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The Psychology of Referring to Yourself in the Third Person

The surprisingly smart science of a very dumb-sounding habit

What’s got two thumbs and can’t bear hearing people refer to themselves in the third person? That’s right: This guy. Aside from the grammatical catastrophe it entails, it’s dispiriting to hear great athletes take on the role of their publicists. “I wanted to do what was best for LeBron James, and what LeBron James was going to do to make him happy,” said LeBron James in a 2010 TV interview, referring to his top NBA client, LeBron James — who you wouldn’t have thought needed that second job in PR.

When we hear it happen, habitual illeism — the barely pronounceable word that describes the act of using the third person when talking about oneself — tends to signal to the rest of us one of a number of personality quirks in the speaker, none of them good: A stunted intellect (“Sloth loves Chunk”); the presence of psychotic personality disorders (“Smeagol hates nasty Hobbitses”); rampant egoism (“Doctor Doom shall be master of Earth!”); or a journalist using horribly awkward turns of phrase that belong in the print era (at least, that’s in the opinion of your present author).

For very young children, using their own name in place of first-person pronouns like “I” or “me” is typical enough — the kind of entry-level self-expression that’s often observed in other strange beings that are just getting to grips with human language (“E.T. phone home”; “Hulk smash!”; “Elmo loves Big Bird,” etc). But according to recent research into dissociative thinking, the illeistic impulse might have psychological implications that are much more constructive than the idea of a flawed or infantile ego it usually conjures up.

“There are studies that show when people talk about previous traumatic events in the third person, they tend to regard themselves through much more compassionate eyes,” says NYC-based psychotherapist Kim Schneiderman, who actively encourages people to let their third-person persona take the wheel for a while, both in the narrative therapy sessions she leads in her practice and in her book Step Out of Your Story.

But if understanding ourselves in the third-person is a natural step in language acquisition, and if it can be a force for good in therapy (to which this writer promises return a little further down), why has it got such a bad rep? And why does it sound to many of us so deeply disturbing?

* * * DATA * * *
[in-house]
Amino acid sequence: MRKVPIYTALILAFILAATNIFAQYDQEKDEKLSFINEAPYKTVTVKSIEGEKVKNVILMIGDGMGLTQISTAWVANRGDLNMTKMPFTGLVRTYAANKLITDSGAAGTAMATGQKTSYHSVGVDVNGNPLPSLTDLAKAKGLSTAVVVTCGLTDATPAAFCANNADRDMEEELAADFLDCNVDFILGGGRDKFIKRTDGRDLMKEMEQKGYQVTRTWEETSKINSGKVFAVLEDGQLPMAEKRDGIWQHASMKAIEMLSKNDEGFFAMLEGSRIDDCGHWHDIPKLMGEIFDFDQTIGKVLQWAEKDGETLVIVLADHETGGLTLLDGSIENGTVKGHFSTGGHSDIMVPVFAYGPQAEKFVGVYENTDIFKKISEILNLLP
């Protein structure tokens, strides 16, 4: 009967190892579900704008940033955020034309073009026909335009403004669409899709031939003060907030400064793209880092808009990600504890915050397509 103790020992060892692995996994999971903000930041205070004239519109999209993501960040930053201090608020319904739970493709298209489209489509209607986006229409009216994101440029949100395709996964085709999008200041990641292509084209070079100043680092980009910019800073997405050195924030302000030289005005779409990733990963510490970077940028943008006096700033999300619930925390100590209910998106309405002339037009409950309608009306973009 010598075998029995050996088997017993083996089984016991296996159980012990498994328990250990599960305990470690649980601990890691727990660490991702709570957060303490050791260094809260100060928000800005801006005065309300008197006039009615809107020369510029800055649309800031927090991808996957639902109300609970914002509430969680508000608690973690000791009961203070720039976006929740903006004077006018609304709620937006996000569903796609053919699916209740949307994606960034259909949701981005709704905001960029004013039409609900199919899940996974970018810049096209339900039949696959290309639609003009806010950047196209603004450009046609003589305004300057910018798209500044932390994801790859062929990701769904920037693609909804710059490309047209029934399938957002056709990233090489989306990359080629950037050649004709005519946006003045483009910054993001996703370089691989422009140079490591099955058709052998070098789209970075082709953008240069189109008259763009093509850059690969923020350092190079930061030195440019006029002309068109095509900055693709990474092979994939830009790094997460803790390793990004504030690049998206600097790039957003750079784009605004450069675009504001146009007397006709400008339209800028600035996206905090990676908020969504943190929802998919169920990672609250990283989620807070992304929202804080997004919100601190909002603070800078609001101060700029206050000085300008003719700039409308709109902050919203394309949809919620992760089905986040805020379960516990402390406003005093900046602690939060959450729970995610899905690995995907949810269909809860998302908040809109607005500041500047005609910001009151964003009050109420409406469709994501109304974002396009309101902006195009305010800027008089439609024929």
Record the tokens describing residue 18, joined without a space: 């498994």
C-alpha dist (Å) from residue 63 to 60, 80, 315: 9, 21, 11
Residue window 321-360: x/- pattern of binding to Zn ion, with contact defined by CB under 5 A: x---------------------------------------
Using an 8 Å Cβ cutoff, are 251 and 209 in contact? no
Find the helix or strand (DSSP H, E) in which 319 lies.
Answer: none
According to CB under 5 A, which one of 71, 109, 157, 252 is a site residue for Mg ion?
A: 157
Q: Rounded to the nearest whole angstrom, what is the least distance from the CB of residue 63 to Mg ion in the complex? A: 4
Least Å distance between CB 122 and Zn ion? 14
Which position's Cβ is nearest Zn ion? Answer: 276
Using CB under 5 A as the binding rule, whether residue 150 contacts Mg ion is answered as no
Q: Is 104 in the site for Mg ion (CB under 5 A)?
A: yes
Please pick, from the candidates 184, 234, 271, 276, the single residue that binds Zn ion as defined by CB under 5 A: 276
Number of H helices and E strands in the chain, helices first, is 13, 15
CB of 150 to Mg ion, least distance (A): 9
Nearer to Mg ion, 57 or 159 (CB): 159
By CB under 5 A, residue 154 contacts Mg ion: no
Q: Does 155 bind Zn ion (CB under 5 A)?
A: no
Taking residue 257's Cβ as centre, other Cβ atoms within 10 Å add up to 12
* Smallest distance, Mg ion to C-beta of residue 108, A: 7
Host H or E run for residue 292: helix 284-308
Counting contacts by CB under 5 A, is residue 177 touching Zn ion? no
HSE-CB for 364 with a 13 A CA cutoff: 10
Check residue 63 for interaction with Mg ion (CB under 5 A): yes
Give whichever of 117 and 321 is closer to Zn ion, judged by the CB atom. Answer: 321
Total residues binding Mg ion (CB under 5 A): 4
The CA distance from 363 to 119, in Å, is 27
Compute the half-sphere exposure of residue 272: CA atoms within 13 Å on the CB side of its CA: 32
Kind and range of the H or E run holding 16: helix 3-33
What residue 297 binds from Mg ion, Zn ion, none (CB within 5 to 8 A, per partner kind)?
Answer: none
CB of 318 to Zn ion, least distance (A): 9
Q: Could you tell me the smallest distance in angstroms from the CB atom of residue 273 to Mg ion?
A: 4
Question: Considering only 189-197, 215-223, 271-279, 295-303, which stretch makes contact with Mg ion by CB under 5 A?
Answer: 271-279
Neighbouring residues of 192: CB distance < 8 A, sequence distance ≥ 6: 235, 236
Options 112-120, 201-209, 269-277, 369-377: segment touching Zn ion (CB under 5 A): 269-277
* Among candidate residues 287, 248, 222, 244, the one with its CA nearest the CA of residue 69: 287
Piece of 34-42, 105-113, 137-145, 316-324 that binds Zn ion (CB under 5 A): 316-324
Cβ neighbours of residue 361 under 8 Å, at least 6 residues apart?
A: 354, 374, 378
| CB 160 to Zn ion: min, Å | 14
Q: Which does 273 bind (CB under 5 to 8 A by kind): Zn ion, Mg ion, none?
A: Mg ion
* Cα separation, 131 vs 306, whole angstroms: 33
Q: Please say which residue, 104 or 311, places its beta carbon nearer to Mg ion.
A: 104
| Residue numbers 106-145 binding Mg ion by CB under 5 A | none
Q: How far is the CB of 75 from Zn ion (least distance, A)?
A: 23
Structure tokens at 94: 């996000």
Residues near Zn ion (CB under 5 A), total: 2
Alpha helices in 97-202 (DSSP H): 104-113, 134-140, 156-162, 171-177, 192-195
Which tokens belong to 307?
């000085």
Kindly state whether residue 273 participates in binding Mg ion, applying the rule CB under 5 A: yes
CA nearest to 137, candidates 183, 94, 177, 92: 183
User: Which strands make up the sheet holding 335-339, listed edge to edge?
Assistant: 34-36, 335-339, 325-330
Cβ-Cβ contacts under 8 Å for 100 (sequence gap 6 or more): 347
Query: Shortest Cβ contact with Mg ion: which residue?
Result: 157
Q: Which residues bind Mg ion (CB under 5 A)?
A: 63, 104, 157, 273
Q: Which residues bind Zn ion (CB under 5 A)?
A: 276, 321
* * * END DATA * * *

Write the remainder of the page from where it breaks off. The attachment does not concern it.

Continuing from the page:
In the popular imagination, the usual context in which illeism appears is when people are signalling their own power or status. Your basic supervillain posturing (“Kneel before Zod!”) has its analogues among real-life power-seekers going back as far as ancient times, the most notable example being Julius Caesar, who self-aggrandizes via the godlike character of “Caesar” in his surviving letters and throughout the chronicles of his wars in Gaul and elsewhere.

Third-person rhetoric also crops up at the other extreme of the power dynamic, though, in the speech of snivelling, servile underlings such as Dobby the House Elf from Harry Potter, or Igor the classic Hollywood horror henchman. As a form of self-effacement, the “your servant obeys” idiom also has a long pedigree, found throughout history in cultures where maximum deference is called for. In China from the 7th century onwards, for example, where society was governed by rigid Confucian norms of ritual and politeness, low-ranking men would signify submissiveness by referring to themselves as “xiaoren,” meaning “small person,” while functionaries at court would often style themselves as “xiaoguan” — a “worthless official.”

Perhaps what’s most unsettling about third-person pronouncements of the modern era is that they seem to contain a mix of both of these status fixations, especially when delivered by politicians in campaign mode — people who tend to be both hungry for power and desperate to prostrate themselves before the public to win our approval. “You don’t have Nixon to kick around anymore because, gentlemen, this is my last press conference,” said Richard Nixon, having just lost California’s gubernatorial election in 1962 (although clearly they hadn’t heard the last of of Richard M. Nixon, mwah-ha-ha…). Republican presidential candidate Bob Dole developed such a reputation for name-checking himself during the 1996 campaign that Saturday Night Live based its whole caricature on his third-person tic: